While Americans claim they are more likely to purchase a product if the brand supports a cause, and more than 40% have "liked" a brand or posted on Facebook for supporting a cause, barely one in five actually put their money where their good intentions are by switching brands, paying more or purchasing more, according to a new study co-sponsored by BlogHer and the recently launched Cause Consumer Engagement specialty at Ketchum.
"This research is significant because it contrasts what consumers actually do versus what they say they would do in reaction to a hypothetical cause marketing situation," said Kelley Skoloda, partner and director of Ketchum's Global Brand Marketing Practice. "In many instances, it appears cause programs have a far greater effect on brand affinity, reputation and share of voice than on sales. But the research also revealed the keys to turn talk into action."
While only 23% of consumers report a change in their purchase behavior based on a cause, nearly twice that number report using social media and word-of-mouth to talk about a cause.
"The study reveals four key drivers that brands must focus on to generate consumer engagement and sales," noted Melissa Kinch, senior vice president and associate director of Ketchum's North American Corporate Practice. "These drivers are target your most passionate audience, understand what they are passionate about, include local engagement opportunities, and leverage online influencers."
PERSONAL, LOCAL CAUSE SUPPORT CRITICAL TO SHORT-TERM SALES
The study finds people are willing to change purchase behavior if the cause aligns with their personal passions and impacts them, their community or someone close to them.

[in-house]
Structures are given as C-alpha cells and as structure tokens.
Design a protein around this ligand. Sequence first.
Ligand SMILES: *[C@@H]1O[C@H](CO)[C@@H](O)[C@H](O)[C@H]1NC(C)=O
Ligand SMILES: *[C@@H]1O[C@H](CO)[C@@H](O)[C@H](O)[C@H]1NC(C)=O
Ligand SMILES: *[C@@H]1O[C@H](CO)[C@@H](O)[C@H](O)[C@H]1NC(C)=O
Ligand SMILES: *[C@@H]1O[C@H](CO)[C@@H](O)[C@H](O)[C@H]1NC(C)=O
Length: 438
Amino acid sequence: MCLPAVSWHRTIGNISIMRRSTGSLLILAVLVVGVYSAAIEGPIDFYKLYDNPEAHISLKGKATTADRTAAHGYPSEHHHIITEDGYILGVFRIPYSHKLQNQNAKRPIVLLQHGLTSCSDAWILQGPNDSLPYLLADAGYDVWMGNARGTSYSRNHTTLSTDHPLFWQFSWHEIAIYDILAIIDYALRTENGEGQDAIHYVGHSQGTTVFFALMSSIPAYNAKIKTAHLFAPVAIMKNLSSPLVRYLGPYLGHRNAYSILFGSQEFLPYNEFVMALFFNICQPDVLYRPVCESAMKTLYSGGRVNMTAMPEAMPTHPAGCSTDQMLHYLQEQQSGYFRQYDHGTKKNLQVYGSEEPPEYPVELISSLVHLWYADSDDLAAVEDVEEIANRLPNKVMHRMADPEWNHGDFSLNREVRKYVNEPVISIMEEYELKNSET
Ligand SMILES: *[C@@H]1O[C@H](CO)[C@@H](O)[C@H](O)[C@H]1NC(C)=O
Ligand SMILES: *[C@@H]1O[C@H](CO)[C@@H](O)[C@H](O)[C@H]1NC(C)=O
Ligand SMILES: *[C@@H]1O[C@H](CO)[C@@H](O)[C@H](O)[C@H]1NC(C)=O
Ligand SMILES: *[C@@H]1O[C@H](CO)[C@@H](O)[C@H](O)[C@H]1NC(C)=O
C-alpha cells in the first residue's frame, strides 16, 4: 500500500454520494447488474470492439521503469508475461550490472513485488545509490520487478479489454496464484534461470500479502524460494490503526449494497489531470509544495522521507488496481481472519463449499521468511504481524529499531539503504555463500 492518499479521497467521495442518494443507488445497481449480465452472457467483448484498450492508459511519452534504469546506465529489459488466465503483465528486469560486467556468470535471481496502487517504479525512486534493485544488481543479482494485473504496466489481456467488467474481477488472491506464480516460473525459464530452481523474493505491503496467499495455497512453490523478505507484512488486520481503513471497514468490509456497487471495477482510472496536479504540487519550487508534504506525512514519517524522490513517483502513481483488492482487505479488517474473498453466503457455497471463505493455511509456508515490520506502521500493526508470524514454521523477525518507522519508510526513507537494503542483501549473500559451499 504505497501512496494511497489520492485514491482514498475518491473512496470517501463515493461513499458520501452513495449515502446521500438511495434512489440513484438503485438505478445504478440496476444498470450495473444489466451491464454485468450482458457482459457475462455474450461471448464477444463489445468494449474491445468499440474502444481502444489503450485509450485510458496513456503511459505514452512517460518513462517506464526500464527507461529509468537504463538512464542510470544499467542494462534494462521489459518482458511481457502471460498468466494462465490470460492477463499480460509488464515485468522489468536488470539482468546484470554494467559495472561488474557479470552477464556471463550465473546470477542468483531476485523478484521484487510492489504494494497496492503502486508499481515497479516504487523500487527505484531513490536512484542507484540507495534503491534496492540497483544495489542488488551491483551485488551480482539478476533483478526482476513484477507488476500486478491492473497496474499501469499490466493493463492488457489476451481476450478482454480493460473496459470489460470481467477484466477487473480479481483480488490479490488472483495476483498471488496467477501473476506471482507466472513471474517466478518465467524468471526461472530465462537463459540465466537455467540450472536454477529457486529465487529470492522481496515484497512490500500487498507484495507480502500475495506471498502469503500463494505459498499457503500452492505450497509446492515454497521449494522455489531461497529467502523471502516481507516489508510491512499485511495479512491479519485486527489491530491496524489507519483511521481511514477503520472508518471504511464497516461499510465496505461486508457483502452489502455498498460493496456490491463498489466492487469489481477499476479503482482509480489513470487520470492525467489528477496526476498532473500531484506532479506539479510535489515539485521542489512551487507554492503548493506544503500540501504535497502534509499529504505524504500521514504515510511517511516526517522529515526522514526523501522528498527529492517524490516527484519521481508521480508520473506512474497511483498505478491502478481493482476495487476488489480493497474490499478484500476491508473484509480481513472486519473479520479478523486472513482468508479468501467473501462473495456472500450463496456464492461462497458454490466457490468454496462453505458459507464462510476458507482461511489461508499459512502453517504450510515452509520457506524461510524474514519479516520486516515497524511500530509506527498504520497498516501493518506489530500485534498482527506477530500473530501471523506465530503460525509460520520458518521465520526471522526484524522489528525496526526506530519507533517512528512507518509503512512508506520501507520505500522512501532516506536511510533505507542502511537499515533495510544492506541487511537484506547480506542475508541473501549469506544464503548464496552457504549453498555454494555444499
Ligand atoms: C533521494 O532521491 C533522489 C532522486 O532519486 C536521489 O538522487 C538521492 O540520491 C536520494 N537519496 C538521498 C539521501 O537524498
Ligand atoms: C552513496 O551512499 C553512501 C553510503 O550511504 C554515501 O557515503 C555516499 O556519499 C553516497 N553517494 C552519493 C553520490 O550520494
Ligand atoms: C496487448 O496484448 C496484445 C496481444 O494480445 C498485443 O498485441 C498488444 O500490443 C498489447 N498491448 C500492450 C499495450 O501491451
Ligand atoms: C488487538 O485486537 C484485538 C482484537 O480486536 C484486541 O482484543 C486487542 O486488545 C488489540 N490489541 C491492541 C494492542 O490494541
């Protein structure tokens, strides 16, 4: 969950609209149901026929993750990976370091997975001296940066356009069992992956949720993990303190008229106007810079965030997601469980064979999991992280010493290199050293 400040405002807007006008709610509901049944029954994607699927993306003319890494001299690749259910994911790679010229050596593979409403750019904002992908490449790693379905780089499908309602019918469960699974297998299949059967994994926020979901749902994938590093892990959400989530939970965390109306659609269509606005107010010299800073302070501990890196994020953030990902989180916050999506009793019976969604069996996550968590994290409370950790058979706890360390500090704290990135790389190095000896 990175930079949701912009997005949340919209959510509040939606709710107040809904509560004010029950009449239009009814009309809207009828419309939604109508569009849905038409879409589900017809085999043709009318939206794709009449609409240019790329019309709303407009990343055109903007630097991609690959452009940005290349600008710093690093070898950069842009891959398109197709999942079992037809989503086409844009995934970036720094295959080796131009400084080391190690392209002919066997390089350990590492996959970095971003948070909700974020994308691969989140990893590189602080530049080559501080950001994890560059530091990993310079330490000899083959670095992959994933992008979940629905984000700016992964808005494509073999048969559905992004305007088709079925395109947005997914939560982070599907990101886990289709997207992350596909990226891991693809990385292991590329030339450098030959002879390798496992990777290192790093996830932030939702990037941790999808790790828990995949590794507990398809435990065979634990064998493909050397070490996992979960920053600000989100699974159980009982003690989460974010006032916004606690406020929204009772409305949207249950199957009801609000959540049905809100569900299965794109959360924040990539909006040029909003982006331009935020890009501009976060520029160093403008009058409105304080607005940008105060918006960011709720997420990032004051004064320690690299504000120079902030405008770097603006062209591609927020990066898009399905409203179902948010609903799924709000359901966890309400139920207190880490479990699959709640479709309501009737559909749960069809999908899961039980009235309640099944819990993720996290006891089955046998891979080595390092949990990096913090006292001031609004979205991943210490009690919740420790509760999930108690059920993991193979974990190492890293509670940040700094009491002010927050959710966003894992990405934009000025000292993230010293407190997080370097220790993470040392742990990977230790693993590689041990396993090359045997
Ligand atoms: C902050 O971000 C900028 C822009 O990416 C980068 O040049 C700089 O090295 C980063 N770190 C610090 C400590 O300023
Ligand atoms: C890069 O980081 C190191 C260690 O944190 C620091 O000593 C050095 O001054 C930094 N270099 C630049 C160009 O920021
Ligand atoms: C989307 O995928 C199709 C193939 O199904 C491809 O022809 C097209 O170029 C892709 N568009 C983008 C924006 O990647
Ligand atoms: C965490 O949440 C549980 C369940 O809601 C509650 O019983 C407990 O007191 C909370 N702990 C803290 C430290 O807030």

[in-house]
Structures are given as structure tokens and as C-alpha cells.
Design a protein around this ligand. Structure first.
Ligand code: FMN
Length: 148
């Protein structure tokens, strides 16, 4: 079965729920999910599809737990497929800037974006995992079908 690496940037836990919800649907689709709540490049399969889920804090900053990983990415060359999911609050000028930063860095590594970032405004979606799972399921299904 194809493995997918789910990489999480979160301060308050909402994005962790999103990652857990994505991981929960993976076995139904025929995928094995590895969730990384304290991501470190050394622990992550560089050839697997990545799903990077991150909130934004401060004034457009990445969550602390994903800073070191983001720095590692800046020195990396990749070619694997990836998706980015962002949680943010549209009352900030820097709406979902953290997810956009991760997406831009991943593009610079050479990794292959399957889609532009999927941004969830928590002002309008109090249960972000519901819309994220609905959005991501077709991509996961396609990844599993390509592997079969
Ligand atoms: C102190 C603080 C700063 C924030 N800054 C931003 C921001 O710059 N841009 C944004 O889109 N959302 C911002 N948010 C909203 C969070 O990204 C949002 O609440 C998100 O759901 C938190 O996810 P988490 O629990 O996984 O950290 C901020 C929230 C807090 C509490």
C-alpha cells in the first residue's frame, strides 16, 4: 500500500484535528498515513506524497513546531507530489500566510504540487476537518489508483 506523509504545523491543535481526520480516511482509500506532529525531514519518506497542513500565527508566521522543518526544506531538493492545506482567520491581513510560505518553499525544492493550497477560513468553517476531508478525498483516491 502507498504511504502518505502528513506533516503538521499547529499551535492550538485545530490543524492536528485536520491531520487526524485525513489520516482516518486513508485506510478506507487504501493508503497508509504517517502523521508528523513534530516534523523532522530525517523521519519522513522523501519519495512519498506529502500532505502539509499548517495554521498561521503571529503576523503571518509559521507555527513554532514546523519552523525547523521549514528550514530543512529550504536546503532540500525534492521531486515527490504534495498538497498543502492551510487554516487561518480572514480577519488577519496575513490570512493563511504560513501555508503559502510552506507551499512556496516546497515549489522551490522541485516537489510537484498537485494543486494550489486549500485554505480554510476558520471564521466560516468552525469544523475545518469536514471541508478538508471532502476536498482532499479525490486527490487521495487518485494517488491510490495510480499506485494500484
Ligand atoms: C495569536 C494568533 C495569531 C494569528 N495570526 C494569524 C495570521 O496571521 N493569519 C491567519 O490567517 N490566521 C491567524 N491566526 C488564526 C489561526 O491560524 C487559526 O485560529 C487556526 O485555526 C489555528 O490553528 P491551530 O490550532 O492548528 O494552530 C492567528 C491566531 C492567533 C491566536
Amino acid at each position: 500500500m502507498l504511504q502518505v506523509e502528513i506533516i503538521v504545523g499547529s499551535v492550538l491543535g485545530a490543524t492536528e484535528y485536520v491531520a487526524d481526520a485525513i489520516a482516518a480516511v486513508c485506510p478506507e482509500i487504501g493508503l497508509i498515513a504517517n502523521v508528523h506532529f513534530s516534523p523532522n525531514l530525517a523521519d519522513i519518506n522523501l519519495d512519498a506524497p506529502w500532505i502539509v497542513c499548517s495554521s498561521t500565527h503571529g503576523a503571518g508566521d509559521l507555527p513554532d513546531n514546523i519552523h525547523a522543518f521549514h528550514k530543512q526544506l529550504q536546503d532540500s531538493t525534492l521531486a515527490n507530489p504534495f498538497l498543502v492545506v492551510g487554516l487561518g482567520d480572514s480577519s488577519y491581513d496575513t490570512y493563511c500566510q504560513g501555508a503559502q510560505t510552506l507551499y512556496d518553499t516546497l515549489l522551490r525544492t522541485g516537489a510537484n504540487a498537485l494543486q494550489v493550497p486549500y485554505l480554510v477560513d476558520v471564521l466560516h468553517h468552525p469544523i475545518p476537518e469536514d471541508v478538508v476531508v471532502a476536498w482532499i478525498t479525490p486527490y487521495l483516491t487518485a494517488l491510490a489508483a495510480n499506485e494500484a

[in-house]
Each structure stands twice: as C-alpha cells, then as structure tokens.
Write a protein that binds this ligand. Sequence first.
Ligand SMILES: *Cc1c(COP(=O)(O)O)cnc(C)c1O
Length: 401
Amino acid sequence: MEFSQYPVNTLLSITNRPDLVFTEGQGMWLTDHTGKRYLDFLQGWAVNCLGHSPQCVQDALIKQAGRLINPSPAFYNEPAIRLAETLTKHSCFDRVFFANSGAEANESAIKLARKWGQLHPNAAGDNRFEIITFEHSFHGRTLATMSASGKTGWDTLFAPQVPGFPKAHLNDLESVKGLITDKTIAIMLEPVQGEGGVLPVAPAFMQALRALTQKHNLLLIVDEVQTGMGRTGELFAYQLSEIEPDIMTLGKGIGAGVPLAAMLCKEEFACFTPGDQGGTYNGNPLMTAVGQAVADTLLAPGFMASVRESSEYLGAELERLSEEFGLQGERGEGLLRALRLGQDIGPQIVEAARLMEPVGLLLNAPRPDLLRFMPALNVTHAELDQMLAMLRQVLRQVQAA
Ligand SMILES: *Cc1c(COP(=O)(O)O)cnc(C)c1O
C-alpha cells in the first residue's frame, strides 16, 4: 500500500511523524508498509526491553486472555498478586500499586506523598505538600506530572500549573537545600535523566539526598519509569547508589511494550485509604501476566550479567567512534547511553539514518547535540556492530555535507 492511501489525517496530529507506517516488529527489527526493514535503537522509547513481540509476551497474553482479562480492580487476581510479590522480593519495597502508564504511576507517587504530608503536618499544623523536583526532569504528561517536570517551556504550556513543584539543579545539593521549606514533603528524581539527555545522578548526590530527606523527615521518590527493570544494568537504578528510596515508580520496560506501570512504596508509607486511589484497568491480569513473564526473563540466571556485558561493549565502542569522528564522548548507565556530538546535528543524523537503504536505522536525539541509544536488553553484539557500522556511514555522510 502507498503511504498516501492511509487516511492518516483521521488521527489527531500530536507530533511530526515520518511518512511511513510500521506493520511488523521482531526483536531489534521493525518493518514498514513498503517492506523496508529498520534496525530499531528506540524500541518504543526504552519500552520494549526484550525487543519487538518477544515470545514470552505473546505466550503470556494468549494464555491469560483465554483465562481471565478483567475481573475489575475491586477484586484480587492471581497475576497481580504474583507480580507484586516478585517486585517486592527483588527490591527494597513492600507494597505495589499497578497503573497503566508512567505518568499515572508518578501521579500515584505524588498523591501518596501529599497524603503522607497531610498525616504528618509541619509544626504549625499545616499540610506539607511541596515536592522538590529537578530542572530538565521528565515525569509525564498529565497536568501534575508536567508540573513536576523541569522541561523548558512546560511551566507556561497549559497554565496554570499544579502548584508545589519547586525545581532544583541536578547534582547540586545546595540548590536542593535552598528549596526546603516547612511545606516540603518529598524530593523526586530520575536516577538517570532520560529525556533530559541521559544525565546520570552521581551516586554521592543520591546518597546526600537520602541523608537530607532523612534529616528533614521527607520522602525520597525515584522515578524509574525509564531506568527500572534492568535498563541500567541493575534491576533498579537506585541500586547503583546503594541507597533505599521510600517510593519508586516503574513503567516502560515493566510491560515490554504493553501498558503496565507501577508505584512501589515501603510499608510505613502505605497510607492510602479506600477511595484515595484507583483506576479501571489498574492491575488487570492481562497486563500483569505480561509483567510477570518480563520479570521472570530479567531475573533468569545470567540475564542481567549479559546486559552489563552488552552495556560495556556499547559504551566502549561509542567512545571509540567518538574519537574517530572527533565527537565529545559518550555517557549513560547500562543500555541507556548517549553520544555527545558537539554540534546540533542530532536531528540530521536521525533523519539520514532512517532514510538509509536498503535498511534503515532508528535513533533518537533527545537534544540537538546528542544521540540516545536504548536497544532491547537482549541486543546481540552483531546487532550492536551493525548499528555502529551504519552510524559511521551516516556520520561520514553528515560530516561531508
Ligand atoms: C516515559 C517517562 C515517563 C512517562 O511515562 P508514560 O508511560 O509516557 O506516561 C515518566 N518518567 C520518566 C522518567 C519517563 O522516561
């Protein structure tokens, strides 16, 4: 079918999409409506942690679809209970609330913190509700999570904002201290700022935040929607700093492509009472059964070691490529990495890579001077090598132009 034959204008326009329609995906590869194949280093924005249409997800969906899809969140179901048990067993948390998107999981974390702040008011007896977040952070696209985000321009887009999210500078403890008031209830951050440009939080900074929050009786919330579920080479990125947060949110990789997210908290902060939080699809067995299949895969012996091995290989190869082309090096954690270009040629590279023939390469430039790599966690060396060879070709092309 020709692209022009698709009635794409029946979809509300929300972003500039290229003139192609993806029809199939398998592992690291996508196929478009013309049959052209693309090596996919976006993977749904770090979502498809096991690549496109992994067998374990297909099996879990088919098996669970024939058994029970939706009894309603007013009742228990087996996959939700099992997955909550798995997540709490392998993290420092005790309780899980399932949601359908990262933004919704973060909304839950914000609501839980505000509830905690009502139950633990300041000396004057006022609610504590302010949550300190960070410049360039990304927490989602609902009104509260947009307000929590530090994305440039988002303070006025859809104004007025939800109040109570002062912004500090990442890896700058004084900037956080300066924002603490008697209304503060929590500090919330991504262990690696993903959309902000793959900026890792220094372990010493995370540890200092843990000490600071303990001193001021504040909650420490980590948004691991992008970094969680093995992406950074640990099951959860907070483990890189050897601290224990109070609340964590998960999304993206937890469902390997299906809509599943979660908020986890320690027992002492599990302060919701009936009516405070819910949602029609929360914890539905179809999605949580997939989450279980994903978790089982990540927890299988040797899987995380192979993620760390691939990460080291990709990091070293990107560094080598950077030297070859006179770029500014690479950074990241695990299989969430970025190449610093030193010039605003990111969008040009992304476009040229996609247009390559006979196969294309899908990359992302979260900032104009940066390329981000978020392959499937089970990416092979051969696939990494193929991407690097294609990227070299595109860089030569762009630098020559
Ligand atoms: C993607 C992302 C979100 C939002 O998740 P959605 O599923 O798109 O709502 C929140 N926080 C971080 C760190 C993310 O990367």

- Passion for a cause is the top reason why Americans evangelize a particular brand and the cause it supports, with 38% of adults saying it was the primary reason why they have written, blogged or tweeted about a brand and cause.
- People want cause support to be simple and easy: 48% are most receptive to programs from which companies donate a portion of sales to a cause, and 38% want companies to make it easy to support a cause online (e.g., become a Facebook friend).
- About half (46%) of those surveyed are motivated to buy a product from a company when it makes a donation to a local school or organization, a figure that jumps to 70% for older adults aged 65 to 76.
- Americans are most passionate about causes supporting breast cancer initiatives (44%), animals (36%) and children's causes (35%).
"The findings show consumers will purchase a product if they are passionate about the cause associated with it or if it's important to them and their loved ones," said Kinch. "Too often, brands focus on causes that are less relevant to consumers and later wonder why there is no impact on sales. While there's certainly still a place for longer-term reputational cause or responsibility programs that educate customers about causes, short-term sales are clearly driven by addressing consumers' personal passions."
YOUNG ADULTS ARE THE CAUSE TRENDSETTERS
The study also proves that companies interested in cause marketing benefit most from targeting young adults aged 18 to 27.
- While one-third of Americans report telling a friend or family member about a brand that was supporting a cause, nearly half of young adults were likely to do so.
- Young adults' passion also translates to sales: 36% bought more of a product because it supported a cause close to them, and more than one-third said they switched to – and paid more for – a brand supporting a cause that was important to them.